British Columbia

B.C. signs 'breakthrough' reconciliation agreement with shíshálh Nation

The province has signed an agreement with the shíshálh Nation on the Sunshine Coast that is being hailed as a milestone in the relationship between the province and Indigenous groups.

Deal creates government-to-government relationship on economy, environment

shíshálh Chief Warren Paull and B.C. Premier John Horgan in conversation Thursday during the ceremony for a reconciliation agreement between the two governments. (Mike McArthur/CBC)

The province has signed an agreement with the shíshálh Nation on the Sunshine Coast that is being hailed as a milestone in the relationship between the province and Indigenous groups.

The reconciliation agreement sets the terms for a government-to-government relationship between the province and the self-governing shíshálh, formerly known as the Sechelt First Nation, around economic development and environmental protection.

"Generations of our people have advocated and sacrificed for a principled reconciliation based on recognition and implementation of our title and rights," shíshálh Chief Warren Paull said, calling the agreement a "breakthrough".

The province is providing about $36 million to pay for the transfer of three parcels of Crown land to the shíshálh for cultural and economic use, including gravel mining and forestry. The land is adjacent to shíshálh territory.

Crown land transferred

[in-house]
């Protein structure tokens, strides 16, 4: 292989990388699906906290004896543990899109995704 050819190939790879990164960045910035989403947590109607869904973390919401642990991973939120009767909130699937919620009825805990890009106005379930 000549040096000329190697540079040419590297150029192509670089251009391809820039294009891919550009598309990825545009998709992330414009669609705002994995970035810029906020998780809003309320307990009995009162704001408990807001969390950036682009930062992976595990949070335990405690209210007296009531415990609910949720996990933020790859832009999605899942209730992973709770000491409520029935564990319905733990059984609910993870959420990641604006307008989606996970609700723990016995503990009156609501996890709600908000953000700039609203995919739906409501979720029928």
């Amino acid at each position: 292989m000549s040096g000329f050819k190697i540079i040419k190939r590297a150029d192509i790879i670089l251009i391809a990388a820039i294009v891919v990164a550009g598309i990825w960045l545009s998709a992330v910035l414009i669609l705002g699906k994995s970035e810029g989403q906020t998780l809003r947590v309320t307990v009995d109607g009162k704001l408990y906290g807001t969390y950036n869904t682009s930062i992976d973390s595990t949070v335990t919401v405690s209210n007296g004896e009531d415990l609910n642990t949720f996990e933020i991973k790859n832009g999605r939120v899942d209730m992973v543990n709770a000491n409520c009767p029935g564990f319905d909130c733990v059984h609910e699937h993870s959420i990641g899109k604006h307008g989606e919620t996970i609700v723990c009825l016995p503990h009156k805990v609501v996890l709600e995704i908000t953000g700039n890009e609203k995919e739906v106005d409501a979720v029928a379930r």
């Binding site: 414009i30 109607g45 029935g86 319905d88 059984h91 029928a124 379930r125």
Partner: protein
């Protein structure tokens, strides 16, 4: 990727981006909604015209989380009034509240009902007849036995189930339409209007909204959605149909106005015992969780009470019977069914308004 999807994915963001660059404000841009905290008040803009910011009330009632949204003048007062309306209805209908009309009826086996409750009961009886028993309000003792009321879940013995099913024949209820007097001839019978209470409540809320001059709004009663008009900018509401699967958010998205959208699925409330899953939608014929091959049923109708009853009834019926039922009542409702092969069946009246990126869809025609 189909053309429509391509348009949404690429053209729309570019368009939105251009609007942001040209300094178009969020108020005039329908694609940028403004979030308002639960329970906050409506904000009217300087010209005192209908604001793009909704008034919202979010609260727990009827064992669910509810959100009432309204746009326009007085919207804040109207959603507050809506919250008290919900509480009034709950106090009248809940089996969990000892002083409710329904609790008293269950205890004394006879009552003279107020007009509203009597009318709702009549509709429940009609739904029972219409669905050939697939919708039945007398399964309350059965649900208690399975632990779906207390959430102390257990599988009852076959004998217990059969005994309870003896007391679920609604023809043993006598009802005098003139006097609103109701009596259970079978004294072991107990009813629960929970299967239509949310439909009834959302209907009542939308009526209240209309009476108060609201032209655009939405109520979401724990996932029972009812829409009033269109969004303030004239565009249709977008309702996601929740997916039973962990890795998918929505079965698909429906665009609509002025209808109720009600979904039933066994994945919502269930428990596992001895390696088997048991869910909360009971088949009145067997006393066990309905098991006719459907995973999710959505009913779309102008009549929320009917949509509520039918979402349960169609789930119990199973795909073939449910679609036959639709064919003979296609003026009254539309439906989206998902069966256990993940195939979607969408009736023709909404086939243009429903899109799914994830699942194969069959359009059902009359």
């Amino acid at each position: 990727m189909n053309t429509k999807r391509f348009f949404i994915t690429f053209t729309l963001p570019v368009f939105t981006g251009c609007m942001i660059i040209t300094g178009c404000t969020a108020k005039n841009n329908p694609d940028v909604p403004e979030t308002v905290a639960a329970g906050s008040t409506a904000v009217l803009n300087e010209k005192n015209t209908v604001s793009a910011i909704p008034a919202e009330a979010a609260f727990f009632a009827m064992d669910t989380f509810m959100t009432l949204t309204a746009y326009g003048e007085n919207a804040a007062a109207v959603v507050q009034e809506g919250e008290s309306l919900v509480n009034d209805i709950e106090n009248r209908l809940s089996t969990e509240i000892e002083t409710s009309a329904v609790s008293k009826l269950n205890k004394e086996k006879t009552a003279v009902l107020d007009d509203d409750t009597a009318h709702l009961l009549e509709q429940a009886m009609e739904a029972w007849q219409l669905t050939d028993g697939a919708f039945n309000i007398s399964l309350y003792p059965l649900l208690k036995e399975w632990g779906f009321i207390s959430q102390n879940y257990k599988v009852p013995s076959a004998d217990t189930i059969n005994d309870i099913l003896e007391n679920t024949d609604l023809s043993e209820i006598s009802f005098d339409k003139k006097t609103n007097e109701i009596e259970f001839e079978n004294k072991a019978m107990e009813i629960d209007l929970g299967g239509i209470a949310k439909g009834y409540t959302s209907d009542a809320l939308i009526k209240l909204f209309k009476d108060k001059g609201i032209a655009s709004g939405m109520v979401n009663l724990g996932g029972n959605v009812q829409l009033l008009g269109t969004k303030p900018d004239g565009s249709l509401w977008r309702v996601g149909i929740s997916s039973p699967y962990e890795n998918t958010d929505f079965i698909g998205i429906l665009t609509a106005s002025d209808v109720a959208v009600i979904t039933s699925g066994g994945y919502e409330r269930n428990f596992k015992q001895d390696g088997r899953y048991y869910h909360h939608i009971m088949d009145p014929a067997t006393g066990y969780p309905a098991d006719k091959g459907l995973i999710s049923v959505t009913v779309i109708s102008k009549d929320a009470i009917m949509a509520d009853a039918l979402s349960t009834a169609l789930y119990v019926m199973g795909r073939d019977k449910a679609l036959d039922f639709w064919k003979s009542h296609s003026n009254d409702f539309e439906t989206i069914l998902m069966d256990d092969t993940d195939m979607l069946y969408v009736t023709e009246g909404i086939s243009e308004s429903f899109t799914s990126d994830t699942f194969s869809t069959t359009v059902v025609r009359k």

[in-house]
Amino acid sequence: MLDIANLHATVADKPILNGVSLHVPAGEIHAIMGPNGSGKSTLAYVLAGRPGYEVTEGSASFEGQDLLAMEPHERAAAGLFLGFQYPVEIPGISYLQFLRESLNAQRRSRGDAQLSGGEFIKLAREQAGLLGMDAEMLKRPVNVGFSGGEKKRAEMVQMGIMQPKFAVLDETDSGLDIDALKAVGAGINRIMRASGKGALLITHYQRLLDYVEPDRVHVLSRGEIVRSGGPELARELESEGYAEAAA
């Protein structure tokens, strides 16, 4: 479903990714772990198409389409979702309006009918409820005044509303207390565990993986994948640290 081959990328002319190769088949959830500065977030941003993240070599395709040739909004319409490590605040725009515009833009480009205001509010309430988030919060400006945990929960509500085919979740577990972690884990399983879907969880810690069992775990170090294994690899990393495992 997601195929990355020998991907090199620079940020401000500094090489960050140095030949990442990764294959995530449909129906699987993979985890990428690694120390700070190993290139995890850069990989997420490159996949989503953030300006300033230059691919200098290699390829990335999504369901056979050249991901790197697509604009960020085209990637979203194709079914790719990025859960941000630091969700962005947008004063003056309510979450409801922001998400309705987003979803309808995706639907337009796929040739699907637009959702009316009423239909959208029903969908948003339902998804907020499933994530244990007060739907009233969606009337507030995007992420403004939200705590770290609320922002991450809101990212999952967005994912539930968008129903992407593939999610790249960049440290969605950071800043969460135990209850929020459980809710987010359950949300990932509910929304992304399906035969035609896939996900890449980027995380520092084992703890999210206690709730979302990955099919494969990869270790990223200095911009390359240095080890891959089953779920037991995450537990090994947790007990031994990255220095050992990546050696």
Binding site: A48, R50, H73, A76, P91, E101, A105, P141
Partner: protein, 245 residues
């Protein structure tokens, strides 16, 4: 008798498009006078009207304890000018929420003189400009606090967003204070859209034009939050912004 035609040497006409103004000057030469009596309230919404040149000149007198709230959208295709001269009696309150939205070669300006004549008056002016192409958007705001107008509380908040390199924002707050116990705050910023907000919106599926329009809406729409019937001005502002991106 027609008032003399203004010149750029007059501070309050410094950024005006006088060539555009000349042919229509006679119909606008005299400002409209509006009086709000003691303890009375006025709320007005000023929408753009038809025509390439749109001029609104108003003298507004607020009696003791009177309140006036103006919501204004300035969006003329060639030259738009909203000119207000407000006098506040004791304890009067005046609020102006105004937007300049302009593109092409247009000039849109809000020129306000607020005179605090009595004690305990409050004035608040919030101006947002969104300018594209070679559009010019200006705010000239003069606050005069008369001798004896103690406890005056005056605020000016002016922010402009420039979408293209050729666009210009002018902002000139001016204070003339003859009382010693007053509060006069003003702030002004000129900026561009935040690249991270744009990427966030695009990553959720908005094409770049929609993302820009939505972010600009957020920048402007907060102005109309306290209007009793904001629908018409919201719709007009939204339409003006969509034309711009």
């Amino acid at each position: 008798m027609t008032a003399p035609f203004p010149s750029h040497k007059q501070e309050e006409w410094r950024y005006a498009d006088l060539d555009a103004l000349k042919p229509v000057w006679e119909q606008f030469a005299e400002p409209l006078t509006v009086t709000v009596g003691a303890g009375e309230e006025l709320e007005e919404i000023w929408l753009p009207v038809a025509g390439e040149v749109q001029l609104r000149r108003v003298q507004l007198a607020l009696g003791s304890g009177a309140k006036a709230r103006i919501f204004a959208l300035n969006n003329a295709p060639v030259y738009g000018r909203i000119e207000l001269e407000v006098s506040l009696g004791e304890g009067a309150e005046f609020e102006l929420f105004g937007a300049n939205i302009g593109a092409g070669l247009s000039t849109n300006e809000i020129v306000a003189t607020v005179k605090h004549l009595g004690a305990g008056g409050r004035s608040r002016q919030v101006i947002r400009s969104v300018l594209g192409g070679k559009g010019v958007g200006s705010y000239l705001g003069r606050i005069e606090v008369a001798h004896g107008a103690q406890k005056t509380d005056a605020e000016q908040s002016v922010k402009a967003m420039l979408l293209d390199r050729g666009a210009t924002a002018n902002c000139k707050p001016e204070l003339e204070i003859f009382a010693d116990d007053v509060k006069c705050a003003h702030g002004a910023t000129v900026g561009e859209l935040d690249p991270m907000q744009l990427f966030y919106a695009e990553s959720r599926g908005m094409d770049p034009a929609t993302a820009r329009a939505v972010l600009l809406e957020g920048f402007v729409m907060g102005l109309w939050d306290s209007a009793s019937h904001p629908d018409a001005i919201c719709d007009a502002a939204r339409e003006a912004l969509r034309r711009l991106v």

The agreement establishes shared decision-making structures between the province and the shíshálh. It also includes land-use planning which Paull says the nation has been working to achieve since the 1990s.

"This is a completely new model for true reconciliation in British Columbia. [It] pushes past the obstacles that have caused massive delays, conflict and contention in the past," he said.

The shíshálh have been self-governing since 1986. Premier John Horgan acknowledged their "patience" in waiting for recognition of their rights and a government-to-government relationship.

"For too long our conversations about reconciliation have ignored that relationship and instead we have been relegated to the courts to resolve disputes," he said.

The shared decision-making process on forestry includes working with industry and, if successful, could be expanded to other parts of the province, said Doug Donaldson, minister of Forests, Lands, Natural Resources. 

"Through shared decision-making we gain a better understanding of each other's priorities on the land base. This will bring predictability," he said.

Noting the agreement meets obligations under the United Nations Declaration on the Rights of Indigenous Peoples, Horgan said he hopes it will be the first of many in B.C.

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